Halloween is just around the corner and this month a slew of new horror Blu-rays brought back classic horror movies for all your Halloween marathons.
The Hills Have Eyes
Arrow released a new Blu-ray of the Wes Craven horror classic with a 4K transfer of this gritty, ugly, nasty film. It looks like the ‘70s come to life in your living room. Still dusty and grainy, The Hills Have Eyes gives you that sense that you’re seeing something you shouldn’t be seeing.
It is a consistent look for most of the film, although when it is pitch black you can’t avoid seeing a few white specs on the film. But like Texas Chainsaw Massacre or I Spit on Your Grave, The Hills Have Eyes should look rough. New interviews and commentaries log the cast recollections on record, and keep some of the classic content too.
Even in 2K, the new transfer of John Carpenter’s The Thing looks great. Interestingly, it ditches the Universal logo from the front. The picture is clear enough to see tracks in the white snow, the bright blue sky and flaming bright orange helicopter wreckage. At night the blue light is beautiful.
Inside the Antarctic station is just as sharp. The gory red autopsy and twisted prosthetics of incomplete transitions maintains full slimy detail. All the dripping goo is shiny. A few of the dark interiors flare up a tad and the soft corners of the anamorphic frame remain where they were originally. Matte work stands out but makes you appreciate the technique.
New interviews include Mick Garris interviewing Carpenter and he gets into his music. Among the cast, Keith David, Wilfred Brimley, Joel Polos, David Clennon, Thomas G. Waites, Peter Maloney and Richard Masur all come back for interviews. Brimley today is still intimidating. A particularly fun bonus feature focuses on novelization author Alan Dean Foster. That makes me nostalgic.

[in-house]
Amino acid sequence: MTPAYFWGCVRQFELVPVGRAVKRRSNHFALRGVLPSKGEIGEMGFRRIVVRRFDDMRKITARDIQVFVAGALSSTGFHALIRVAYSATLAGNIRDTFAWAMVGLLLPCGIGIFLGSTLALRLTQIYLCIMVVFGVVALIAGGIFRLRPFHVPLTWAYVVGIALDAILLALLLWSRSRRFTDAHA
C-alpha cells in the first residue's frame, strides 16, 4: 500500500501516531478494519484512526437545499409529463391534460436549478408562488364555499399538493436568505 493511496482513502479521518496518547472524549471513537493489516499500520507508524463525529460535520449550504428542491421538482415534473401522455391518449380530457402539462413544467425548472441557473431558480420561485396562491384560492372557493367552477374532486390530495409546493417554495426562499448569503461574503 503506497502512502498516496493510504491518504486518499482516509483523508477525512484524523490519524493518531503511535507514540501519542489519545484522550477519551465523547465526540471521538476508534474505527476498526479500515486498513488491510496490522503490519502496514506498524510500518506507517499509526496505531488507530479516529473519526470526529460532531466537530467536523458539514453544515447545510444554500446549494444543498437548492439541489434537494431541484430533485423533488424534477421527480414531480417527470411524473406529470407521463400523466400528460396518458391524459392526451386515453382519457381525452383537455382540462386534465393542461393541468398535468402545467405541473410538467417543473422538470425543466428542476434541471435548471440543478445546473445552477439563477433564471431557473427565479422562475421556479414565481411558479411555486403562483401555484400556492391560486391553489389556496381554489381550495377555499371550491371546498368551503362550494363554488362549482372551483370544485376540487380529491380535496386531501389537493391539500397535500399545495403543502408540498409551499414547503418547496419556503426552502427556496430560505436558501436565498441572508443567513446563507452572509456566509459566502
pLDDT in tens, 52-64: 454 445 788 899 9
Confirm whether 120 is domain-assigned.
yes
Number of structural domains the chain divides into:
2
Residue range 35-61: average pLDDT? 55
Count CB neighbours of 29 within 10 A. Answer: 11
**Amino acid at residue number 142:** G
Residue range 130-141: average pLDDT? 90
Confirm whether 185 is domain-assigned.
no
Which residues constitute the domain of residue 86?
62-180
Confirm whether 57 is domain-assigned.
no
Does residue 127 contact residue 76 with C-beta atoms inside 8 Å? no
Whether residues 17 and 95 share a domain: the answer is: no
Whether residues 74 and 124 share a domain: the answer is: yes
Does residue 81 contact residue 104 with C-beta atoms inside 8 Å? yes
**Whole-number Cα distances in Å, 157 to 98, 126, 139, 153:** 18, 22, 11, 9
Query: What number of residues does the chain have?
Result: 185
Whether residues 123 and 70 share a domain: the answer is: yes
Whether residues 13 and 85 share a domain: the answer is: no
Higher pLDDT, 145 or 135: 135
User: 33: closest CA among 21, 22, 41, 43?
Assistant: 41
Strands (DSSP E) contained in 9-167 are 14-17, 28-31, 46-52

Waxwork/Waxwork II: Lost in Time
This double feature in the Vestron Video line maintain the pure fun of ‘80s horror movies, with a love of other movies themselves. I actually like the sequel a little more, even though it’s more time travel than wax figures come to life, maybe just because I liked the genres they explored better.
Waxwork in HD lets you see the gory practical effects with bright blood spraying, especially in the vampire episode with exploding heads splattering blood all over the heroine’s white dress in a white room.
You can totally see the “wax” actors move while they try to hold still, but you don’t need HD to see that. You always could. The print may get a bit hazy due to the age of the materials, but the sequel looks a bit more consistent, perhaps because it was made in 1992. Star Zach Galligan and director Anthony Hickox give good commentaries about each film, and Galligan is even self-critical about his own weight gain.
The 2K scan of the original Chucky movie gives us a perfect picture to see the gritty Chicago backalleys, the bright Good Guy doll colors and snowy neighborhoods around the city.
New bonus features show us a full hour of VHS footage in Howard Berger’s studio figuring out how to make Chucky work, including all the robot bodies. You get to see actor Ed Gale test walking for when he doubled for Chucky. A new commentary by director Tom Holland has some good information too, including the projects he didn’t do at the time of Child’s Play. Did we know they tried recording Jessica Walter’s voice?
How had I never heard of Vamp? Two college dorm rats need to find a stripper to get into a fraternity house and Grace frigging Jones is the vampire stripper! This ’80s dude bro vampire one-nighter is a joy and looks great on Blu-ray.
The beginning is a tad washed out. It really comes to life when Jones shows up paintd white and red haired with green light on stage. When she vamps out she rips a hole in her victim’s neck, showing off all the gory detail and her vampire face. Green lighting makes the downtown streets come to life too.
They got everyone back for a 44 min documentary except for Jones. VHS footage of Jones rehearsing and hearing her vibrator stories from the cast represent her well enough. Richard Wenk’s 22 minute short Dracula Bites the Big Apple looks good too, like 1979 16mm film shooting 1979 New York. It’s a fun musical comedy with dancing hookers and homeless people. Surprised Peter Loewy didn’t become a comic actor. His name is almost Vampires Kiss as it is!
This new 2K transfer sometimes flickers and brings out the rough edges, but most of it is crisp and sharpens Brian De Palma’s screen composition. Darkened shots inside the White household really hold up.
Between new interviews and classic DVD extras, I don’t think there could possibly be any more to say about Carrie. Everyone but Travolta is represented in one feature or another.
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